Recovery analysis needs care
WHAT a difference two years makes. This time in 2010 it was felt that Ireland was being hit nearly every day by a damning research note from one of the big investment banks.
Now, however, that is beginning to change. Apart from a note from Tosca Funds last month which painted Ireland as a future client-state relying on contributions from its emigrants overseas (not as far-fetched as some might think), the banks have been fairly positive on our recovery.
The latest praise came from Barclays, which pointed to the robust way the Government has implemented the fiscal adjustment and brought back competitiveness so far.
It's not all sweetness and light though, the Barclays analysts warn that the on-going euro crisis could threaten a long-term recovery.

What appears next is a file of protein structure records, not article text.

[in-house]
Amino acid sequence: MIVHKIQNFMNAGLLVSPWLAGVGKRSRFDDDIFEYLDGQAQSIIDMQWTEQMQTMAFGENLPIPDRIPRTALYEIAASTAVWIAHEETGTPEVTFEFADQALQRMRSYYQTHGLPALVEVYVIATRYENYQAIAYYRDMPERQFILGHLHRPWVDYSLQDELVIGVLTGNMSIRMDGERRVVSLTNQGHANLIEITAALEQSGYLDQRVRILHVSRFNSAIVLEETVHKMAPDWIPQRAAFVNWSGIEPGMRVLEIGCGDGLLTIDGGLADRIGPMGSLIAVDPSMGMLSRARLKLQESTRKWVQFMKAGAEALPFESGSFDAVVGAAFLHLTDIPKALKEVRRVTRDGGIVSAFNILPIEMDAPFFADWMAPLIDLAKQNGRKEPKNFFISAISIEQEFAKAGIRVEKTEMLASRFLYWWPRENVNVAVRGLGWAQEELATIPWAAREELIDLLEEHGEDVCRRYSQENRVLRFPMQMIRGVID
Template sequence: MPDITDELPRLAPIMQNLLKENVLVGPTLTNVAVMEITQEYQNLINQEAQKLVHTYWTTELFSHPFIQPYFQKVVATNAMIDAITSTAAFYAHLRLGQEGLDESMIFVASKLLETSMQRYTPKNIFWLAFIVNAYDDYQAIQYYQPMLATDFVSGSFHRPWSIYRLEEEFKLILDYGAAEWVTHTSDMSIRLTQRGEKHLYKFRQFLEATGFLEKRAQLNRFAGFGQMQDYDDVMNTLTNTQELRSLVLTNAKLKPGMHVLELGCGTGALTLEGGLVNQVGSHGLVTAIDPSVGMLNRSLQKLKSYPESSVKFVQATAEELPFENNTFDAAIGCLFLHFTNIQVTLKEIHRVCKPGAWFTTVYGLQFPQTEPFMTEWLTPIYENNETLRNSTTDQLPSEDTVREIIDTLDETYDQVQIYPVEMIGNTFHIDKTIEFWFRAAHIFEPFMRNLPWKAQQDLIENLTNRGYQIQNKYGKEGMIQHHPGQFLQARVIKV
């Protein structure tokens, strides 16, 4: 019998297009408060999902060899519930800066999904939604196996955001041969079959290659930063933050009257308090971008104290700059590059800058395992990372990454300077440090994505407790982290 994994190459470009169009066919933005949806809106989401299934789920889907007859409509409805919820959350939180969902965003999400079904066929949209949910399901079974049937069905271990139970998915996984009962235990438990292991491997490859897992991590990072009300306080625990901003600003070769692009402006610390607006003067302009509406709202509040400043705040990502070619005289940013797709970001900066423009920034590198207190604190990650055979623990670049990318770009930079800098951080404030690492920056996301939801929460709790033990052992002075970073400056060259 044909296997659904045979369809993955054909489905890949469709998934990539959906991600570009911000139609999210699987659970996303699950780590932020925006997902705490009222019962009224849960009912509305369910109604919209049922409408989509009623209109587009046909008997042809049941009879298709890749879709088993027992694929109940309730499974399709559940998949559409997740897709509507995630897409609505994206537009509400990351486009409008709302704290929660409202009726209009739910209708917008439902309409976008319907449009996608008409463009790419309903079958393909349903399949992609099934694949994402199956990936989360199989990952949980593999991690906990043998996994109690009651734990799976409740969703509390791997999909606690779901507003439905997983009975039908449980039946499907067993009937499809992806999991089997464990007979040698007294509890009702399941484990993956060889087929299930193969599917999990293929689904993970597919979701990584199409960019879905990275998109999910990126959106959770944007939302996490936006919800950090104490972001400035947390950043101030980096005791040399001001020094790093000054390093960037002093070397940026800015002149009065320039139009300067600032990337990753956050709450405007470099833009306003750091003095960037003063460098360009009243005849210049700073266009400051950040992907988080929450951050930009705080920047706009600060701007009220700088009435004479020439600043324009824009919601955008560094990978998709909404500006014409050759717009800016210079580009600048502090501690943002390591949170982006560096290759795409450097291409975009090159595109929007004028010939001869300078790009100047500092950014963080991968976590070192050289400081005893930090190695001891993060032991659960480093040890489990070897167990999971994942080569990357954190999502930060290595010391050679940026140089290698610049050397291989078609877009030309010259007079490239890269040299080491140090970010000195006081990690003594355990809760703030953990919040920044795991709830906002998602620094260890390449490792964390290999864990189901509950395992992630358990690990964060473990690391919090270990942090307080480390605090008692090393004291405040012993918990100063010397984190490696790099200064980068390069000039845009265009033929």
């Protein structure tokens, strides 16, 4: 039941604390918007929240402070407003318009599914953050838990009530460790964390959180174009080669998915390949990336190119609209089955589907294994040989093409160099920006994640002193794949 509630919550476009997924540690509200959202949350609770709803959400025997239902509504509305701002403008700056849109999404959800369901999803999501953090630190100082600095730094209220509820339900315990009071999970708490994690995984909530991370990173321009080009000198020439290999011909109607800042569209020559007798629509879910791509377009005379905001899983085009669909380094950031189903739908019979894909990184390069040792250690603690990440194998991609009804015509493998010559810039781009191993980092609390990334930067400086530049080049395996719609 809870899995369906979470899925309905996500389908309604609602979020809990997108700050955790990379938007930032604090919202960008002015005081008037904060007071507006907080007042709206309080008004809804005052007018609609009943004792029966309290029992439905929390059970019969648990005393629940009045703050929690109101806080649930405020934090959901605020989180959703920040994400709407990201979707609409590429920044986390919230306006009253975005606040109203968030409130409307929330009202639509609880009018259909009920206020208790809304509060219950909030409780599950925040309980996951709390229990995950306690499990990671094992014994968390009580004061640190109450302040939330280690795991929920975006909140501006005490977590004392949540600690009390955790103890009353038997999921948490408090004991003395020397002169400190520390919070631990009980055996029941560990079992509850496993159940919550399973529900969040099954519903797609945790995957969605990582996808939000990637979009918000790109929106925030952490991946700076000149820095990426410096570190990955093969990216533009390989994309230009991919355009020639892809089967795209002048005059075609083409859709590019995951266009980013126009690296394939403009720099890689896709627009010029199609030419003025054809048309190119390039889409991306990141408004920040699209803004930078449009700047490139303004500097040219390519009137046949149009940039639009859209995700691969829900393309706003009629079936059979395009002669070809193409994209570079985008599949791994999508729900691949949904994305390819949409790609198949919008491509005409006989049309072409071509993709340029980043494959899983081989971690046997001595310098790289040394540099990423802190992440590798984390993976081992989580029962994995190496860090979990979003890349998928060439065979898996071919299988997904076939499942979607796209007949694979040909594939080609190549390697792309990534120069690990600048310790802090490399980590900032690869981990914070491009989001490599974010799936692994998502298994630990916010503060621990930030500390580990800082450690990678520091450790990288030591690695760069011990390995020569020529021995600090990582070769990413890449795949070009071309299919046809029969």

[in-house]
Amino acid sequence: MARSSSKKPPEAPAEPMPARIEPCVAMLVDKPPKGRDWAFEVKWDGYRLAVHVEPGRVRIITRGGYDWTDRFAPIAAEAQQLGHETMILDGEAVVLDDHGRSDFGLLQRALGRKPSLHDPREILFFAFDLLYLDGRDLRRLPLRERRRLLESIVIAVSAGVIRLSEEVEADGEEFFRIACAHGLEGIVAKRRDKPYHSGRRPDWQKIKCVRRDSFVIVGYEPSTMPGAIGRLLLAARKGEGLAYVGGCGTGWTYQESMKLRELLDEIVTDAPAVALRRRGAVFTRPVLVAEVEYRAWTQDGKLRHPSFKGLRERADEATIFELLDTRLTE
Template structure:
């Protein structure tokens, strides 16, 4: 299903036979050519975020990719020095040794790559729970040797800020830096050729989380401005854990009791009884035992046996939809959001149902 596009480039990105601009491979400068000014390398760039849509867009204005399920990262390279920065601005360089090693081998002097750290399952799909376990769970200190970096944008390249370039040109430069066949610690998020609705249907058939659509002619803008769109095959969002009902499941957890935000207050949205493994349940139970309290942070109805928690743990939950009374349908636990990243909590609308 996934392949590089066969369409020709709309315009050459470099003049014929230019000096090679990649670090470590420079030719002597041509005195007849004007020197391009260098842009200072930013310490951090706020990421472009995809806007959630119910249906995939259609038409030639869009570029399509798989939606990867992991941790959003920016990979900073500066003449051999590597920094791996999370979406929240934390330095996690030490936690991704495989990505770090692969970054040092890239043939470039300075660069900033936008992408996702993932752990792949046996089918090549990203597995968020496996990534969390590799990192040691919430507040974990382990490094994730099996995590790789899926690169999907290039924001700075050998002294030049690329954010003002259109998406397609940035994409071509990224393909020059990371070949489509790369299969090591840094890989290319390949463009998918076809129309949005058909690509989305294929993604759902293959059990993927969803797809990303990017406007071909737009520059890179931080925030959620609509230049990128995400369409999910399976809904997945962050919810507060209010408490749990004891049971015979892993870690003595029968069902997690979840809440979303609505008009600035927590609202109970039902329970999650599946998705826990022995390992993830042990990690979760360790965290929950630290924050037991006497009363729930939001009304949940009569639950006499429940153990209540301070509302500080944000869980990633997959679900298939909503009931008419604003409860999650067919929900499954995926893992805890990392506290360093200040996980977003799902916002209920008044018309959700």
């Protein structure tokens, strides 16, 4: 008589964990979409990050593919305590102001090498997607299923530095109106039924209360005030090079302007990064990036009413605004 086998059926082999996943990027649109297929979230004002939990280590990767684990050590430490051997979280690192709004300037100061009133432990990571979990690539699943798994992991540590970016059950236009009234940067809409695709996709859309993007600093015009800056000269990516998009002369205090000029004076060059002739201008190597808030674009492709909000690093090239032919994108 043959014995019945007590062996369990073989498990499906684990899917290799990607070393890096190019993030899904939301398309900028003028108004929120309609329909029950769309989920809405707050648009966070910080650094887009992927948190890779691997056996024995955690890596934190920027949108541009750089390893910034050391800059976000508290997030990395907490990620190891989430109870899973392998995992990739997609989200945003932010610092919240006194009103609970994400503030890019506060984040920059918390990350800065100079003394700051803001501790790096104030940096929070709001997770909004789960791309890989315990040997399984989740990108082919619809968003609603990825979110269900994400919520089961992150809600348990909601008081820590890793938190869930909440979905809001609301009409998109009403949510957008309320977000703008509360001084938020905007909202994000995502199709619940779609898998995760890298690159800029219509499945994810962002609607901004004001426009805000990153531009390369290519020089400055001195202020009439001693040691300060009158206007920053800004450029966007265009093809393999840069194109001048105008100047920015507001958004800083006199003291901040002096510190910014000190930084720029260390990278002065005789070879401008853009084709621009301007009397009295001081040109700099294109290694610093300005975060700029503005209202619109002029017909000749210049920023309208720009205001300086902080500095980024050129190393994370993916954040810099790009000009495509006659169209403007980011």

There is a danger that we can get too caught up in what the analysts think of us.
After all, the stereotype of the fly-by-night 'City Boy' who doesn't know anything but looks sharp in his slick suit and flash car exists for a reason.
Nevertheless, these research notes are important because they verbalise the market view on Ireland.
The yield on the benchmark nine-year bond fell to a 30-month low of 4.75pc yesterday, showing things are moving in the right direction. Sustaining it now is the challenge.